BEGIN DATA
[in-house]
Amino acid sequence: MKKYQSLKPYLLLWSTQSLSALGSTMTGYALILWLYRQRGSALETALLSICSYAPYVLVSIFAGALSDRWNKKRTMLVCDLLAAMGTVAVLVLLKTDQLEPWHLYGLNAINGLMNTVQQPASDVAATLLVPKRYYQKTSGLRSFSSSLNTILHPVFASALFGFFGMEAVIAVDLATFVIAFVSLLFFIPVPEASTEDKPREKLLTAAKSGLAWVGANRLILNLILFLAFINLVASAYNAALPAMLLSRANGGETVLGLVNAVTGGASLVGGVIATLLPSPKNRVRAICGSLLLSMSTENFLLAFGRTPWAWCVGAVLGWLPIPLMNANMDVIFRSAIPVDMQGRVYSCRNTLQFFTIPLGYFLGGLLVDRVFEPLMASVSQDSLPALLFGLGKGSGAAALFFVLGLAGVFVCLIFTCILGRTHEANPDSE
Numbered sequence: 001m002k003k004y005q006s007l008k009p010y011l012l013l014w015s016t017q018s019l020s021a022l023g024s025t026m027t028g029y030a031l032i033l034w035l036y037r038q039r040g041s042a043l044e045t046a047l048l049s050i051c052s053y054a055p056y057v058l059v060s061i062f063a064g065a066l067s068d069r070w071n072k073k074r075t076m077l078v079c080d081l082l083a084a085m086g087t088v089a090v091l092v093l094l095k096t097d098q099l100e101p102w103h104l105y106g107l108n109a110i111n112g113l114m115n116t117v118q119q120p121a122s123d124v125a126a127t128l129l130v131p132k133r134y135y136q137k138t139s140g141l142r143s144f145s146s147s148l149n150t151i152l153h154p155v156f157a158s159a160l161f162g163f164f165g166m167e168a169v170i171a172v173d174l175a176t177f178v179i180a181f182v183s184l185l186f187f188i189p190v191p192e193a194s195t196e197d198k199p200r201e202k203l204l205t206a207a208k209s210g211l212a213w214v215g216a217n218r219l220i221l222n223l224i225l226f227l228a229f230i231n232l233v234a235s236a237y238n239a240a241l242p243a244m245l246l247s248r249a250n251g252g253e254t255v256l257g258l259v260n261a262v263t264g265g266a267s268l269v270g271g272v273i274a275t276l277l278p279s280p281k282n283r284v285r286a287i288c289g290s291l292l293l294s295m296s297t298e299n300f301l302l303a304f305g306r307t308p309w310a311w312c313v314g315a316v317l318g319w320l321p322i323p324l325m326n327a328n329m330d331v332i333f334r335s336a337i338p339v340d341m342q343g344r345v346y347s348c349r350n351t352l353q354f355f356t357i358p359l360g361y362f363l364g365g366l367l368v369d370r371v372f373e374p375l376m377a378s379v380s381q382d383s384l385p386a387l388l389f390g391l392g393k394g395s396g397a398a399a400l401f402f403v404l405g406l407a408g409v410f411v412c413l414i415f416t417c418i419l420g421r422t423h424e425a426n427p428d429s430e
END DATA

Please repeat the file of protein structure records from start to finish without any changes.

[in-house]
Amino acid sequence: MKKYQSLKPYLLLWSTQSLSALGSTMTGYALILWLYRQRGSALETALLSICSYAPYVLVSIFAGALSDRWNKKRTMLVCDLLAAMGTVAVLVLLKTDQLEPWHLYGLNAINGLMNTVQQPASDVAATLLVPKRYYQKTSGLRSFSSSLNTILHPVFASALFGFFGMEAVIAVDLATFVIAFVSLLFFIPVPEASTEDKPREKLLTAAKSGLAWVGANRLILNLILFLAFINLVASAYNAALPAMLLSRANGGETVLGLVNAVTGGASLVGGVIATLLPSPKNRVRAICGSLLLSMSTENFLLAFGRTPWAWCVGAVLGWLPIPLMNANMDVIFRSAIPVDMQGRVYSCRNTLQFFTIPLGYFLGGLLVDRVFEPLMASVSQDSLPALLFGLGKGSGAAALFFVLGLAGVFVCLIFTCILGRTHEANPDSE
Numbered sequence: 001m002k003k004y005q006s007l008k009p010y011l012l013l014w015s016t017q018s019l020s021a022l023g024s025t026m027t028g029y030a031l032i033l034w035l036y037r038q039r040g041s042a043l044e045t046a047l048l049s050i051c052s053y054a055p056y057v058l059v060s061i062f063a064g065a066l067s068d069r070w071n072k073k074r075t076m077l078v079c080d081l082l083a084a085m086g087t088v089a090v091l092v093l094l095k096t097d098q099l100e101p102w103h104l105y106g107l108n109a110i111n112g113l114m115n116t117v118q119q120p121a122s123d124v125a126a127t128l129l130v131p132k133r134y135y136q137k138t139s140g141l142r143s144f145s146s147s148l149n150t151i152l153h154p155v156f157a158s159a160l161f162g163f164f165g166m167e168a169v170i171a172v173d174l175a176t177f178v179i180a181f182v183s184l185l186f187f188i189p190v191p192e193a194s195t196e197d198k199p200r201e202k203l204l205t206a207a208k209s210g211l212a213w214v215g216a217n218r219l220i221l222n223l224i225l226f227l228a229f230i231n232l233v234a235s236a237y238n239a240a241l242p243a244m245l246l247s248r249a250n251g252g253e254t255v256l257g258l259v260n261a262v263t264g265g266a267s268l269v270g271g272v273i274a275t276l277l278p279s280p281k282n283r284v285r286a287i288c289g290s291l292l293l294s295m296s297t298e299n300f301l302l303a304f305g306r307t308p309w310a311w312c313v314g315a316v317l318g319w320l321p322i323p324l325m326n327a328n329m330d331v332i333f334r335s336a337i338p339v340d341m342q343g344r345v346y347s348c349r350n351t352l353q354f355f356t357i358p359l360g361y362f363l364g365g366l367l368v369d370r371v372f373e374p375l376m377a378s379v380s381q382d383s384l385p386a387l388l389f390g391l392g393k394g395s396g397a398a399a400l401f402f403v404l405g406l407a408g409v410f411v412c413l414i415f416t417c418i419l420g421r422t423h424e425a426n427p428d429s430e